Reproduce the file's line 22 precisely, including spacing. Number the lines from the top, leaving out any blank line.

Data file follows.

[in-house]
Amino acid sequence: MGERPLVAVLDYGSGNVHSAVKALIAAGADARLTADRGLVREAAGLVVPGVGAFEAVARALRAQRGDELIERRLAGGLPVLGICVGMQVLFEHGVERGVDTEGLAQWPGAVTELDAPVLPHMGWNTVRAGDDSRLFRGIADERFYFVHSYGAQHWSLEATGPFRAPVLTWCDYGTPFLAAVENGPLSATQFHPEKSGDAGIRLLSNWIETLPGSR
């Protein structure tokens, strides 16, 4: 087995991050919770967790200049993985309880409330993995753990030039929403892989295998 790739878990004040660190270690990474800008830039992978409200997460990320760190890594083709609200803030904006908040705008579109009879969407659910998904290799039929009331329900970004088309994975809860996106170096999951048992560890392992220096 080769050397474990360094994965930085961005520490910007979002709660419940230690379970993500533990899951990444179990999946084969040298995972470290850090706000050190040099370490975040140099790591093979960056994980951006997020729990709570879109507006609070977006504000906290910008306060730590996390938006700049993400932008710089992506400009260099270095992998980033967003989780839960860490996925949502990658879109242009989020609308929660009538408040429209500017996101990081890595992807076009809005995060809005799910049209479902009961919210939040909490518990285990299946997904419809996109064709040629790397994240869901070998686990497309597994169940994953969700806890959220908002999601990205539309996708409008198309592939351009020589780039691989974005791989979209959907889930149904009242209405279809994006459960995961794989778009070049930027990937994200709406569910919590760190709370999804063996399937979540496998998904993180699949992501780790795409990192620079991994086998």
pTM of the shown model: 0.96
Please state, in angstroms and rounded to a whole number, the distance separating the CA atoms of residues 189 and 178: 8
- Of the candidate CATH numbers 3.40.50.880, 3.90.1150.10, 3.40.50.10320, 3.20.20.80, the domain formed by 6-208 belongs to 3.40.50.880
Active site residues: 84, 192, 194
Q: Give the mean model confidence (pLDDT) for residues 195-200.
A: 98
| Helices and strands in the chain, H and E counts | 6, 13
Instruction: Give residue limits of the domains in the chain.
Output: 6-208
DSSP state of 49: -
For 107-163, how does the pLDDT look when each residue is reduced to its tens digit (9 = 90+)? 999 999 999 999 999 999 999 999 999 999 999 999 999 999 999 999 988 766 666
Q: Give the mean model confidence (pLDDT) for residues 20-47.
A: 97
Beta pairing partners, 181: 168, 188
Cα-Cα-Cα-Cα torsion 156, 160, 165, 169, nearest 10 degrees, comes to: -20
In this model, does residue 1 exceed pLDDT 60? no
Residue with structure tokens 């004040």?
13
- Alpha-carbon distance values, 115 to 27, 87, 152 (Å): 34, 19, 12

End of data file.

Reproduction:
- Alpha-carbon distance values, 115 to 27, 87, 152 (Å): 34, 19, 12